Awl Piercing Dies vs Hole Cutting Dies

May 12, 2021

If you're wanting to make holes for setting snaps and rivets, you have the option of using one of the following:

The hole cutting dies cut out a clean circle, like a paper hole punch.  In many cases, particularly with vinyl or non-fraying fabric, this open circle makes it easier to slip the stem of the snap or rivet through.  Because these dies cut like blades, they will wear down faster than the awl piercing dies and will need to be replaced more frequently, especially the bottom punch die.

  • Placing a small piece of cutting mat, vinyl, or leather on the bottom die when pressing may help to extend its use.
  • The cut pieces of fabric will collect in the top die (similar to how cut pieces of paper will collect in a paper hole punch) and will need to be cleaned out periodically, which can be tedious.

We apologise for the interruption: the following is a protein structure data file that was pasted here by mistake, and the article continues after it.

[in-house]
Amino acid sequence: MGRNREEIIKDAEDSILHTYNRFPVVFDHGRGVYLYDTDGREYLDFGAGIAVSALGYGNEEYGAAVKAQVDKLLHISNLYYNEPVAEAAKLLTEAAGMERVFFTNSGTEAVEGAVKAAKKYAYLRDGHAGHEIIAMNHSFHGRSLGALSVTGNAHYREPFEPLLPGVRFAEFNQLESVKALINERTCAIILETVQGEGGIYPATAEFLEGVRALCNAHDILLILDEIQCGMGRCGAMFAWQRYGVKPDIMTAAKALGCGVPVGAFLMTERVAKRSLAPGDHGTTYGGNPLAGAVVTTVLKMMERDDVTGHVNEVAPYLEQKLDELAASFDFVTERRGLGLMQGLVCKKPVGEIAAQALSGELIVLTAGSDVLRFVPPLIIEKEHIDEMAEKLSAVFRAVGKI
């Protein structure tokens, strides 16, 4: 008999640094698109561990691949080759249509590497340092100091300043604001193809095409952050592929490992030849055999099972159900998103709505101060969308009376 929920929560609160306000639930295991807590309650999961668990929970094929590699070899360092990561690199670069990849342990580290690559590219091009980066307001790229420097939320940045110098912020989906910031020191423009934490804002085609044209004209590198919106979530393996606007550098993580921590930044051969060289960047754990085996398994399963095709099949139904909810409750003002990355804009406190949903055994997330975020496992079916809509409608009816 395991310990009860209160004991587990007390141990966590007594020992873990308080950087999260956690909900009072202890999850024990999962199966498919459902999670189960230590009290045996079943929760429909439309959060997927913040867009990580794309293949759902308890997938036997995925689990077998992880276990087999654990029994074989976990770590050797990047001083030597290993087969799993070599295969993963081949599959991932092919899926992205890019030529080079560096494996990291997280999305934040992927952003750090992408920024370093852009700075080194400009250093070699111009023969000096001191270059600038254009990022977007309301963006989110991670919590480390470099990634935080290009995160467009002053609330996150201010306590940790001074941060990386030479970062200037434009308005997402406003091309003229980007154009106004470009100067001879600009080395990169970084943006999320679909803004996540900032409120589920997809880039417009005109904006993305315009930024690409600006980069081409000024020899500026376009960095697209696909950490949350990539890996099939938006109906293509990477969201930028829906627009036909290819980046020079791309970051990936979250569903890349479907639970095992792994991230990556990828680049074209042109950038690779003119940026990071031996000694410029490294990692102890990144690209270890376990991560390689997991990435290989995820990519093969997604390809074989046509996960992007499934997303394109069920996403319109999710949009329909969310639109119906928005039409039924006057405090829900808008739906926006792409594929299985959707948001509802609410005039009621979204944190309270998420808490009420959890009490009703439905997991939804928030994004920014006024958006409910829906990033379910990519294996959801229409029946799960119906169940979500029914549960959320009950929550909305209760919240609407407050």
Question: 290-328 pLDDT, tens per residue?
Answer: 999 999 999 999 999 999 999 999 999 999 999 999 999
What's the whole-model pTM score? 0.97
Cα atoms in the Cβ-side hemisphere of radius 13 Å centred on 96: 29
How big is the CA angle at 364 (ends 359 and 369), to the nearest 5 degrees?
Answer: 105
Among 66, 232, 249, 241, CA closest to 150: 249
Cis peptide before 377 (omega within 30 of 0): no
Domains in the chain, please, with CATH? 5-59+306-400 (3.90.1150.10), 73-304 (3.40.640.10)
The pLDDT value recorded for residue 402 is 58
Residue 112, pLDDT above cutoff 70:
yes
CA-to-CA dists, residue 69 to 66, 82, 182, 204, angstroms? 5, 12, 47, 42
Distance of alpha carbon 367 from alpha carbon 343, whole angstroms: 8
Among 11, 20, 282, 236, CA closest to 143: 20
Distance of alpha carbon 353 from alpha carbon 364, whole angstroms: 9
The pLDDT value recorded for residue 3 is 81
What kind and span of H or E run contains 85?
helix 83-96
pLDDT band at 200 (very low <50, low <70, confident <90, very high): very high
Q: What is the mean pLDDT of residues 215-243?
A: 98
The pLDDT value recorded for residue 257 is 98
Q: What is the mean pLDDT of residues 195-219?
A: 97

The awl piercing dies simply poke a hole, like an earring. It does not leave a clean-cut circle.  If your material is very thick/dense, like webbing, it may be easier to use the awl dies since the cutting dies may not be able to cut through.  Fabrics that fray may also benefit from a simple piercing rather than cutting to avoid unraveling.

The hand awl works similarly to the awl dies, except you hold it in your hand.  This would be ok with thin fabric but may be tiring with thicker/denser materials.


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